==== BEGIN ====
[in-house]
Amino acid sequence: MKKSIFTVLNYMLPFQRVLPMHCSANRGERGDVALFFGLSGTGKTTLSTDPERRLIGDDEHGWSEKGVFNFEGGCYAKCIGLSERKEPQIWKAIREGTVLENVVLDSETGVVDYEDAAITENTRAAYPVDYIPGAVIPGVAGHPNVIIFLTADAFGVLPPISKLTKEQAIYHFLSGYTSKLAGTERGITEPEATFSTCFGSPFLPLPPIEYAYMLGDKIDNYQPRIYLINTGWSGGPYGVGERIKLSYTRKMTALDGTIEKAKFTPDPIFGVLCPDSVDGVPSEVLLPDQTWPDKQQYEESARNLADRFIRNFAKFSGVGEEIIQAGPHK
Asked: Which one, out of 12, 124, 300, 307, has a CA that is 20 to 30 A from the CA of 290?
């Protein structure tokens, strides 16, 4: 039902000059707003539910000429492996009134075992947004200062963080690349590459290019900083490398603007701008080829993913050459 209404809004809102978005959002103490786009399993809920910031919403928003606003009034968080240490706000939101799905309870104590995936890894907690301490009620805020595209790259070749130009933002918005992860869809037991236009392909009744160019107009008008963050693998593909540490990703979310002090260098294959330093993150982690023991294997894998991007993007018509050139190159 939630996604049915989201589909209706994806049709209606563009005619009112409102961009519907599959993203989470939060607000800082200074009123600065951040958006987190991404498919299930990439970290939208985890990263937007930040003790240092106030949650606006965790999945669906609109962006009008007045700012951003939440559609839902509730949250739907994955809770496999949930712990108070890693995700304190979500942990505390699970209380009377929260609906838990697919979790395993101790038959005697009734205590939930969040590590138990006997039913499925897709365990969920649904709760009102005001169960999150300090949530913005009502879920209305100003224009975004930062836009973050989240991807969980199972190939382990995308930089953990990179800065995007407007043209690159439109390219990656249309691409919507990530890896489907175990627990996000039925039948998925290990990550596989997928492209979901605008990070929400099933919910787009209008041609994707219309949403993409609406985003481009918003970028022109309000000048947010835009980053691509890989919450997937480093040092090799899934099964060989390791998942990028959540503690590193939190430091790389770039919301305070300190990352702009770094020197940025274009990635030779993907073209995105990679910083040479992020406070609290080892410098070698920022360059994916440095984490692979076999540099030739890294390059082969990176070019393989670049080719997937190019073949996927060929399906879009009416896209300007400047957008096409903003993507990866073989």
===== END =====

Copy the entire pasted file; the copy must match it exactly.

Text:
[in-house]
Amino acid sequence: MKKSIFTVLNYMLPFQRVLPMHCSANRGERGDVALFFGLSGTGKTTLSTDPERRLIGDDEHGWSEKGVFNFEGGCYAKCIGLSERKEPQIWKAIREGTVLENVVLDSETGVVDYEDAAITENTRAAYPVDYIPGAVIPGVAGHPNVIIFLTADAFGVLPPISKLTKEQAIYHFLSGYTSKLAGTERGITEPEATFSTCFGSPFLPLPPIEYAYMLGDKIDNYQPRIYLINTGWSGGPYGVGERIKLSYTRKMTALDGTIEKAKFTPDPIFGVLCPDSVDGVPSEVLLPDQTWPDKQQYEESARNLADRFIRNFAKFSGVGEEIIQAGPHK
Asked: Which one, out of 12, 124, 300, 307, has a CA that is 20 to 30 A from the CA of 290?
């Protein structure tokens, strides 16, 4: 039902000059707003539910000429492996009134075992947004200062963080690349590459290019900083490398603007701008080829993913050459 209404809004809102978005959002103490786009399993809920910031919403928003606003009034968080240490706000939101799905309870104590995936890894907690301490009620805020595209790259070749130009933002918005992860869809037991236009392909009744160019107009008008963050693998593909540490990703979310002090260098294959330093993150982690023991294997894998991007993007018509050139190159 939630996604049915989201589909209706994806049709209606563009005619009112409102961009519907599959993203989470939060607000800082200074009123600065951040958006987190991404498919299930990439970290939208985890990263937007930040003790240092106030949650606006965790999945669906609109962006009008007045700012951003939440559609839902509730949250739907994955809770496999949930712990108070890693995700304190979500942990505390699970209380009377929260609906838990697919979790395993101790038959005697009734205590939930969040590590138990006997039913499925897709365990969920649904709760009102005001169960999150300090949530913005009502879920209305100003224009975004930062836009973050989240991807969980199972190939382990995308930089953990990179800065995007407007043209690159439109390219990656249309691409919507990530890896489907175990627990996000039925039948998925290990990550596989997928492209979901605008990070929400099933919910787009209008041609994707219309949403993409609406985003481009918003970028022109309000000048947010835009980053691509890989919450997937480093040092090799899934099964060989390791998942990028959540503690590193939190430091790389770039919301305070300190990352702009770094020197940025274009990635030779993907073209995105990679910083040479992020406070609290080892410098070698920022360059994916440095984490692979076999540099030739890294390059082969990176070019393989670049080719997937190019073949996927060929399906879009009416896209300007400047957008096409903003993507990866073989």